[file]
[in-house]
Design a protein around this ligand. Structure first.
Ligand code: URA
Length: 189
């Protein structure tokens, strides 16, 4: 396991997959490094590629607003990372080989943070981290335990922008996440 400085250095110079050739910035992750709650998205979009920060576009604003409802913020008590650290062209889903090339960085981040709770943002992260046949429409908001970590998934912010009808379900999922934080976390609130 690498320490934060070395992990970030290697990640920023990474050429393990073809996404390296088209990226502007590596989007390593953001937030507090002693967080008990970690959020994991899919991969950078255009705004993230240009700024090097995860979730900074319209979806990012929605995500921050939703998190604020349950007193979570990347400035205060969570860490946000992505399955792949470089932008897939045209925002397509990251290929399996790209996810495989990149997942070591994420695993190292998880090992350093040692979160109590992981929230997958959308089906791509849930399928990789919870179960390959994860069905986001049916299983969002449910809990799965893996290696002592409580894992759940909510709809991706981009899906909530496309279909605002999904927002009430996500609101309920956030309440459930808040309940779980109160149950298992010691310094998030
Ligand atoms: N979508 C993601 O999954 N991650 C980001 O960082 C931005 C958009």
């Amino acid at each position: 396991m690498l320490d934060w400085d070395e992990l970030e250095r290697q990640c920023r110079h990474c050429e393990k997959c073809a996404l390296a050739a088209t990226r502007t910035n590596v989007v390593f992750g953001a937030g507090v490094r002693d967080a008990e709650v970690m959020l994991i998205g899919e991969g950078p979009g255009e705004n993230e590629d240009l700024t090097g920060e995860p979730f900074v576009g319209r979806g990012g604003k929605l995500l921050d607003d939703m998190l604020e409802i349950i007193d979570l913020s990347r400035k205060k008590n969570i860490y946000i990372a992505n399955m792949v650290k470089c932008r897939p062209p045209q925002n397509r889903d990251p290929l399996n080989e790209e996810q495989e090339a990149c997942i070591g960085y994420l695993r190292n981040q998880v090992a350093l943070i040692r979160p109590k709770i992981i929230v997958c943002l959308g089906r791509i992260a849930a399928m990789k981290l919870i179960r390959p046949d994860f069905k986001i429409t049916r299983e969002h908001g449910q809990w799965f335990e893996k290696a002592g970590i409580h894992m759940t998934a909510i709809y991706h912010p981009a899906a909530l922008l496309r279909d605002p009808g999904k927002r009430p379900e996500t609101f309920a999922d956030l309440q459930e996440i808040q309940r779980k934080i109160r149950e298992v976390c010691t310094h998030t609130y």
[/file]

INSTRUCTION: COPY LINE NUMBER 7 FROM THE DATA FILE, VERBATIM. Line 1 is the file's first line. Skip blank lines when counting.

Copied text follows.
């Amino acid at each position: 396991m690498l320490d934060w400085d070395e992990l970030e250095r290697q990640c920023r110079h990474c050429e393990k997959c073809a996404l390296a050739a088209t990226r502007t910035n590596v989007v390593f992750g953001a937030g507090v490094r002693d967080a008990e709650v970690m959020l994991i998205g899919e991969g950078p979009g255009e705004n993230e590629d240009l700024t090097g920060e995860p979730f900074v576009g319209r979806g990012g604003k929605l995500l921050d607003d939703m998190l604020e409802i349950i007193d979570l913020s990347r400035k205060k008590n969570i860490y946000i990372a992505n399955m792949v650290k470089c932008r897939p062209p045209q925002n397509r889903d990251p290929l399996n080989e790209e996810q495989e090339a990149c997942i070591g960085y994420l695993r190292n981040q998880v090992a350093l943070i040692r979160p109590k709770i992981i929230v997958c943002l959308g089906r791509i992260a849930a399928m990789k981290l919870i179960r390959p046949d994860f069905k986001i429409t049916r299983e969002h908001g449910q809990w799965f335990e893996k290696a002592g970590i409580h894992m759940t998934a909510i709809y991706h912010p981009a899906a909530l922008l496309r279909d605002p009808g999904k927002r009430p379900e996500t609101f309920a999922d956030l309440q459930e996440i808040q309940r779980k934080i109160r149950e298992v976390c010691t310094h998030t609130y």